|Categories||Forests, Habitats, Primates|
|Date||5 Jan 2012|
Forests in Garo Hills exist largely as small fragments that harbour endangered wildlife, but are steadily being lost to agricultural practices. Non-governmental organisations have formalized vanishing traditions of forest conservation by demarcating community-managed forest reserves in villages and simultaneously engaging in restoration activities within and adjoining the reserves. However, there is little ecological knowledge on the population status and dynamics of focal species. I propose to aid conservation planning though an evaluation of drivers of occupancy patterns of primates, a focal species for conservation.
The specific aims are as follows: (a) to investigate if factors that can aid in fragment prioritization, such as fragment size, shape and distance from identified source populations influence primate occupancy patterns; (b) to assess the influence of canopy connectivity within fragments on probability of occupancy; and (c) to evaluate the influence of surrounding land-use on occupancy patterns. I will address my goal through occupancy surveys within forest fragments, recording presence of the western hoolock gibbon Hoolock hoolock, capped langur Trachypithecus pileatus and stump-tailed macaque Macaca arctoides. Five temporal replicates will allow for the estimation of detection probability. Each fragment will be associated with a capture history of detection for each species, an estimate of fragment size, distance from Nokrek National Park and the nearest occupied fragment, indices of fragment shape and canopy connectivity and a categorical variable determining the dominant land-use type surrounding the fragment.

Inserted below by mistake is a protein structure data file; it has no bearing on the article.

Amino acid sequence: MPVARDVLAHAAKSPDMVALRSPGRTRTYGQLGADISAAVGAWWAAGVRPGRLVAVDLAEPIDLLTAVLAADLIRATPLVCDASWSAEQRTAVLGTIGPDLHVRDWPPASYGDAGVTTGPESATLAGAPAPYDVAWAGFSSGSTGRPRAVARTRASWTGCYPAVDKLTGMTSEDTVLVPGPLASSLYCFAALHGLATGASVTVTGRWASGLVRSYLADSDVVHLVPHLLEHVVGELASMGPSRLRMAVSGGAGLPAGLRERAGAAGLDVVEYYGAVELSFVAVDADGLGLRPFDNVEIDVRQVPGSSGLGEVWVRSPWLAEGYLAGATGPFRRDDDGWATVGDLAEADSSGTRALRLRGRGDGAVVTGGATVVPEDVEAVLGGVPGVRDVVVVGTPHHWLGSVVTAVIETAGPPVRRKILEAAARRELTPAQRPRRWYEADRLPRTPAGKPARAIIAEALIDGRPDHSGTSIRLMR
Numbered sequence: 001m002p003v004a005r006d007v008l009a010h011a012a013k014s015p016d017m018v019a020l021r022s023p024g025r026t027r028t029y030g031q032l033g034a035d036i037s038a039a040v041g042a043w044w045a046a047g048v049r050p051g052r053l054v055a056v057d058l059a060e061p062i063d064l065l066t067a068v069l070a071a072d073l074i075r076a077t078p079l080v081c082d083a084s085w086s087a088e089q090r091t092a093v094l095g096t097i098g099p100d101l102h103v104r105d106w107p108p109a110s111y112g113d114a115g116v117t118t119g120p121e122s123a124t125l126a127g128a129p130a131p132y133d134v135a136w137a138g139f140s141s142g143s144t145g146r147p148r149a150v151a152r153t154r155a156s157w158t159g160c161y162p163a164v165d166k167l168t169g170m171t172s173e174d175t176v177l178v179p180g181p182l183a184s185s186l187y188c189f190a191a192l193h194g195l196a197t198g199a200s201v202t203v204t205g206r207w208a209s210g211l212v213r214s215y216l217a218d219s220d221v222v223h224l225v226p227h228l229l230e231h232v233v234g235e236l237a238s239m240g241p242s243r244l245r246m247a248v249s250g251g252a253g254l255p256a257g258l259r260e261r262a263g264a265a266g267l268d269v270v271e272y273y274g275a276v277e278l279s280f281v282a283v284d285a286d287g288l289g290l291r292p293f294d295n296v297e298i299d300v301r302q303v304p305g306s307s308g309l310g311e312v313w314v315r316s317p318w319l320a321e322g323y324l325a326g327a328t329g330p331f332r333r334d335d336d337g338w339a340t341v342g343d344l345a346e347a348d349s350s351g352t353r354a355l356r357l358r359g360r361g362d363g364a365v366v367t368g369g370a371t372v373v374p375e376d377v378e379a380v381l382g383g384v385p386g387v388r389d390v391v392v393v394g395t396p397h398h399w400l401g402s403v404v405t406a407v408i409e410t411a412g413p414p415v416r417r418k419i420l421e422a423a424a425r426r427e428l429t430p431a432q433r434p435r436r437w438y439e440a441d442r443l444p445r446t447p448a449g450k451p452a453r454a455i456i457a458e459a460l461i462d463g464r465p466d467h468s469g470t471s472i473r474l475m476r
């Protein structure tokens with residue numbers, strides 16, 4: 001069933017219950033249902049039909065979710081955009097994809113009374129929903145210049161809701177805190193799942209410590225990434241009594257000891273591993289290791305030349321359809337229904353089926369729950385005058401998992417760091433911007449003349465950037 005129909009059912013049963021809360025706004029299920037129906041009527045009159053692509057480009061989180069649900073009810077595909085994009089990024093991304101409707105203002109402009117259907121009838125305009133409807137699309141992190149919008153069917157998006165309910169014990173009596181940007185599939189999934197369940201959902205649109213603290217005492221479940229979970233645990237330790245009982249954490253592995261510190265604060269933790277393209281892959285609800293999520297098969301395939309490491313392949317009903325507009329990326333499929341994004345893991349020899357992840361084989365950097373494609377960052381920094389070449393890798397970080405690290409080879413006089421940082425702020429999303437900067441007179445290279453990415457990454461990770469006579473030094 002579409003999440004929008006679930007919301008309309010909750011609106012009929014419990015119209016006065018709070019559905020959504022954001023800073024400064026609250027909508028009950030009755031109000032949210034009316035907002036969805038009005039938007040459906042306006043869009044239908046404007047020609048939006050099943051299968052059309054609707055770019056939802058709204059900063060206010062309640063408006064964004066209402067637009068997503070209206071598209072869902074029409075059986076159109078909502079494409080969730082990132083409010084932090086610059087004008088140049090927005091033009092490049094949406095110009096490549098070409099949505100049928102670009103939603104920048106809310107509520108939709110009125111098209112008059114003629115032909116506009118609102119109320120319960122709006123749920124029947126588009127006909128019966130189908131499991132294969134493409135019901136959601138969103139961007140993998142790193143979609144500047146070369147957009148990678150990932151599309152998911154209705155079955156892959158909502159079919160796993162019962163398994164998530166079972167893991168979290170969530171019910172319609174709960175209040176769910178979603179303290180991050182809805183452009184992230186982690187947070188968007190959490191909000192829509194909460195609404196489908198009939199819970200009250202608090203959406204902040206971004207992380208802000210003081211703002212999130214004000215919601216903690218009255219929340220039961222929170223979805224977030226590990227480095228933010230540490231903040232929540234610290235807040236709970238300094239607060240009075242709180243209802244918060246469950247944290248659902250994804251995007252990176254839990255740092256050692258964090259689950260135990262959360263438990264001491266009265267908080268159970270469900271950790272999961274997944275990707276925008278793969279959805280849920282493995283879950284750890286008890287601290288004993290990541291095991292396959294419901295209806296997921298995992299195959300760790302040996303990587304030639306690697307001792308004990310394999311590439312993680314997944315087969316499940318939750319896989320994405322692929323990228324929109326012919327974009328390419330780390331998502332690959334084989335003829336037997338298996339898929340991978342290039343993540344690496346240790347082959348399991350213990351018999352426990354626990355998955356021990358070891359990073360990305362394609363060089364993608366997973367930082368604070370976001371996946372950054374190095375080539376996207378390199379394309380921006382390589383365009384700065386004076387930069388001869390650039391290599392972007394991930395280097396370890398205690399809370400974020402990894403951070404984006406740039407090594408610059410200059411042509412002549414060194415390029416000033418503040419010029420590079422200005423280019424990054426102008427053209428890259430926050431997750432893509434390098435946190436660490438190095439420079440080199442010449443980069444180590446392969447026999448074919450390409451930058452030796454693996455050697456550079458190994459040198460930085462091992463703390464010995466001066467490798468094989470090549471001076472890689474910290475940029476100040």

I will test the influence of single or a combination of above-listed factors on the probability of occupancy of each species within software PRESENCE. The key outcomes of the proposed project include: (1) Identification of factors of importance to occupancy patterns of primates to aid forest fragment prioritization strategies; (2) Assessment of the influence of fragment area and canopy connectivity on primate occupancy to inform restoration activities; and (3) Comparison of relative benefits of existing land-uses to primate occupancy patterns to benefit land-use planning and conservation education activities. To maximise conservation applicability, I am collaborating with Wildlife Trust of India, an organisation involved in an ongoing conservation programme in the landscape. The scientific advisor of the project is Dr. Robert J. Fletcher Jr., University of Florida.
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